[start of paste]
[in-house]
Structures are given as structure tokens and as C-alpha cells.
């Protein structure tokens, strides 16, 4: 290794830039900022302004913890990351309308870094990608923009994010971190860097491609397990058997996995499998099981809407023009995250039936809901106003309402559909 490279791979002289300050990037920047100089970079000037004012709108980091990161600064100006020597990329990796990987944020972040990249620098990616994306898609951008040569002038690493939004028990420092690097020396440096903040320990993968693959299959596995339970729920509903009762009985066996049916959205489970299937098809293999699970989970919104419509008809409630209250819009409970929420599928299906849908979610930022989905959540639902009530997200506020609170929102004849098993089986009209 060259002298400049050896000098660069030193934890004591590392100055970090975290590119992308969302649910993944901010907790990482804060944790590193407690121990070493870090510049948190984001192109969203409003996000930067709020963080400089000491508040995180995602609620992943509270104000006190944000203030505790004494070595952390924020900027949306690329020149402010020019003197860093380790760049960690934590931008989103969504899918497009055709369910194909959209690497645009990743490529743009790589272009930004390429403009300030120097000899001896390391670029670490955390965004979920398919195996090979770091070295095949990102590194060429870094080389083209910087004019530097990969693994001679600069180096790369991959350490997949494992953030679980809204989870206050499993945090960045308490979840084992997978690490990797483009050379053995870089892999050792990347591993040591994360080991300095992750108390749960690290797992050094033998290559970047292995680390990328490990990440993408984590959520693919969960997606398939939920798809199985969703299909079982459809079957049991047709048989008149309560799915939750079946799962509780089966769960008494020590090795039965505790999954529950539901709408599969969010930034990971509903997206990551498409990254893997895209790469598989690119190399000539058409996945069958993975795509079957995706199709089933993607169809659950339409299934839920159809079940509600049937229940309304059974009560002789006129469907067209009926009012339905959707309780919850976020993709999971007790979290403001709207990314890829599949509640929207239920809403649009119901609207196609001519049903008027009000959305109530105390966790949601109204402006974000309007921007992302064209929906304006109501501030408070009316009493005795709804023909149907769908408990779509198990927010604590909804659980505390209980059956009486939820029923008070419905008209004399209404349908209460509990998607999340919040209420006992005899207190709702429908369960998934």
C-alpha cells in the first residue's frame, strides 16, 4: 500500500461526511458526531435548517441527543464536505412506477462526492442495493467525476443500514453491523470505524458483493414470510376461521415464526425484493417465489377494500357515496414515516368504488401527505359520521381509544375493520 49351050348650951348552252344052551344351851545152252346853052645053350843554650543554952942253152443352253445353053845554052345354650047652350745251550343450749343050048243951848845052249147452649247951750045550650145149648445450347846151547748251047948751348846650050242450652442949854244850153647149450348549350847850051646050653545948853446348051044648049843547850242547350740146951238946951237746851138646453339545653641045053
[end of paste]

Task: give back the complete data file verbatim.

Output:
[in-house]
Structures are given as structure tokens and as C-alpha cells.
């Protein structure tokens, strides 16, 4: 290794830039900022302004913890990351309308870094990608923009994010971190860097491609397990058997996995499998099981809407023009995250039936809901106003309402559909 490279791979002289300050990037920047100089970079000037004012709108980091990161600064100006020597990329990796990987944020972040990249620098990616994306898609951008040569002038690493939004028990420092690097020396440096903040320990993968693959299959596995339970729920509903009762009985066996049916959205489970299937098809293999699970989970919104419509008809409630209250819009409970929420599928299906849908979610930022989905959540639902009530997200506020609170929102004849098993089986009209 060259002298400049050896000098660069030193934890004591590392100055970090975290590119992308969302649910993944901010907790990482804060944790590193407690121990070493870090510049948190984001192109969203409003996000930067709020963080400089000491508040995180995602609620992943509270104000006190944000203030505790004494070595952390924020900027949306690329020149402010020019003197860093380790760049960690934590931008989103969504899918497009055709369910194909959209690497645009990743490529743009790589272009930004390429403009300030120097000899001896390391670029670490955390965004979920398919195996090979770091070295095949990102590194060429870094080389083209910087004019530097990969693994001679600069180096790369991959350490997949494992953030679980809204989870206050499993945090960045308490979840084992997978690490990797483009050379053995870089892999050792990347591993040591994360080991300095992750108390749960690290797992050094033998290559970047292995680390990328490990990440993408984590959520693919969960997606398939939920798809199985969703299909079982459809079957049991047709048989008149309560799915939750079946799962509780089966769960008494020590090795039965505790999954529950539901709408599969969010930034990971509903997206990551498409990254893997895209790469598989690119190399000539058409996945069958993975795509079957995706199709089933993607169809659950339409299934839920159809079940509600049937229940309304059974009560002789006129469907067209009926009012339905959707309780919850976020993709999971007790979290403001709207990314890829599949509640929207239920809403649009119901609207196609001519049903008027009000959305109530105390966790949601109204402006974000309007921007992302064209929906304006109501501030408070009316009493005795709804023909149907769908408990779509198990927010604590909804659980505390209980059956009486939820029923008070419905008209004399209404349908209460509990998607999340919040209420006992005899207190709702429908369960998934």
C-alpha cells in the first residue's frame, strides 16, 4: 500500500461526511458526531435548517441527543464536505412506477462526492442495493467525476443500514453491523470505524458483493414470510376461521415464526425484493417465489377494500357515496414515516368504488401527505359520521381509544375493520 49351050348650951348552252344052551344351851545152252346853052645053350843554650543554952942253152443352253445353053845554052345354650047652350745251550343450749343050048243951848845052249147452649247951750045550650145149648445450347846151547748251047948751348846650050242450652442949854244850153647149450348549350847850051646050653545948853446348051044648049843547850242547350740146951238946951237746851138646453339545653641045053